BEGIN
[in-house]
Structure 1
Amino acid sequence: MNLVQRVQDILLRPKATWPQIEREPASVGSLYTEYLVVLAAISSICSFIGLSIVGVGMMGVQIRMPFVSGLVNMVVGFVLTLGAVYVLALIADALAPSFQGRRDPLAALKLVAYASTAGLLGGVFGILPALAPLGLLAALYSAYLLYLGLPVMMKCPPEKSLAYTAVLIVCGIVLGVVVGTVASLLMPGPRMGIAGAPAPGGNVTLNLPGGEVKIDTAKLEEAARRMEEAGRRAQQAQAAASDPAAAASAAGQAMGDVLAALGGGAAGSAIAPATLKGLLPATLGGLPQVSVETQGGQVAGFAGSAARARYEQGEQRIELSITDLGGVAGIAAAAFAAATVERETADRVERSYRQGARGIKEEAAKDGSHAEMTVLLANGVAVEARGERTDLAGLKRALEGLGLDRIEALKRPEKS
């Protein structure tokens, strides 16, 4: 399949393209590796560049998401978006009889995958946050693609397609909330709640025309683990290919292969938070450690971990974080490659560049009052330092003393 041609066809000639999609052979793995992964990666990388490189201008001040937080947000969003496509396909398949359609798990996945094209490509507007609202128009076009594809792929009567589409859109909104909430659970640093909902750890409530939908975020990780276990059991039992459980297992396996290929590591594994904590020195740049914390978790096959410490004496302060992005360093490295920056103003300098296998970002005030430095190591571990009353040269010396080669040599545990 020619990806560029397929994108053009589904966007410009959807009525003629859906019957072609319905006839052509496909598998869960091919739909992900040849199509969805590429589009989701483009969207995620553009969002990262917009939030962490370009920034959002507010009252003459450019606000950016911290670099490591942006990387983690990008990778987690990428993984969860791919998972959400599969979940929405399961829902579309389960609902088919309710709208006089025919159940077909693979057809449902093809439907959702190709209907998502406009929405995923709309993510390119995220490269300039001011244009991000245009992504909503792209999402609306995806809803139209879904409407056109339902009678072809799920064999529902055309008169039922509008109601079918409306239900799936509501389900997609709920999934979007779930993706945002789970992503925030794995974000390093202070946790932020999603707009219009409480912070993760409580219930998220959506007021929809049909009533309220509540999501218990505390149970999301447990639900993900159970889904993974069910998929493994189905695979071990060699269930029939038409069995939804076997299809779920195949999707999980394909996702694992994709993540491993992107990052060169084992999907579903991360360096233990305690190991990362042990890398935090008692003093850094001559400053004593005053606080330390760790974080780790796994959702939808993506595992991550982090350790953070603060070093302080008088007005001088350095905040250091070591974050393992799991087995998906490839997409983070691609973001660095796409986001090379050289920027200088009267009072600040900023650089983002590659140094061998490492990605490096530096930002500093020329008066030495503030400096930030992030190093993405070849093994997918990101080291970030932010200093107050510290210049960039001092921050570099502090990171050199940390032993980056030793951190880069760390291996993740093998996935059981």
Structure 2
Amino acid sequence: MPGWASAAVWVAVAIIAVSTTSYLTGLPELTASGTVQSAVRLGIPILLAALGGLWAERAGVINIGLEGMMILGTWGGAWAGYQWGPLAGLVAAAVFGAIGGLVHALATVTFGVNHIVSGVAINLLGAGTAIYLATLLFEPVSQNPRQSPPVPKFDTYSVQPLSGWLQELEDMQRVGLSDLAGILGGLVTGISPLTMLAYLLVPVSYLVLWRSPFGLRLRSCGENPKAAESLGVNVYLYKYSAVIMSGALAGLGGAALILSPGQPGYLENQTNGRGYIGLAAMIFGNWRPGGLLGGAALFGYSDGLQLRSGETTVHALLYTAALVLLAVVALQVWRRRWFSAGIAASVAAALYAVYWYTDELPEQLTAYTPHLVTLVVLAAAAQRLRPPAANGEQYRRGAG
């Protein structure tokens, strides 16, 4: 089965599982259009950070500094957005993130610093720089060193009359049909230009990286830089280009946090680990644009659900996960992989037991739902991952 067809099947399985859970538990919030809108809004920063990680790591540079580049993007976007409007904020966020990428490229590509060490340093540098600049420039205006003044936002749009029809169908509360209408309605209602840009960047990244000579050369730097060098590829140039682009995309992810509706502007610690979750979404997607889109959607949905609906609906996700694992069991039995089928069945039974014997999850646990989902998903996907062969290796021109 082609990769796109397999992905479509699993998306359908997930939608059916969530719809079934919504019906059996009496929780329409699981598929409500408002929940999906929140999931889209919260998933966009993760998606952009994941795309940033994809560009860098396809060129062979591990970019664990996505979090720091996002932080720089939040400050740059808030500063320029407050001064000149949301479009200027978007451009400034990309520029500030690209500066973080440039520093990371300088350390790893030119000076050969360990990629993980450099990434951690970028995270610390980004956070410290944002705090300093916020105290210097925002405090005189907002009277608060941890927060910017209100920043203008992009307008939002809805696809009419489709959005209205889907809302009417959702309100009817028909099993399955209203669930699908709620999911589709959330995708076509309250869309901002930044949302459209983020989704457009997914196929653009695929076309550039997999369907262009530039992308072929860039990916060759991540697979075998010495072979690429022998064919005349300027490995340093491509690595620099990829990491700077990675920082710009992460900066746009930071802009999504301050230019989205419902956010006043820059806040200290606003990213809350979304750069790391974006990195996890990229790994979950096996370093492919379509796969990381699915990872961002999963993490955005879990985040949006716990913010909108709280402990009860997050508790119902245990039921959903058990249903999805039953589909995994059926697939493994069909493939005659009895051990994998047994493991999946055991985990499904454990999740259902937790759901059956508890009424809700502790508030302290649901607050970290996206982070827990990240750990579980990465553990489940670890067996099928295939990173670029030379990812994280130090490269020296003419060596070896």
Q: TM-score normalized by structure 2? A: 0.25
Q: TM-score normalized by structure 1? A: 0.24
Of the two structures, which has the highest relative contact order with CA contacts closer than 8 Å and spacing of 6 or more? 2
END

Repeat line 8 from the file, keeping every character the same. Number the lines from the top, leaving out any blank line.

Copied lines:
Q: TM-score normalized by structure 2? A: 0.25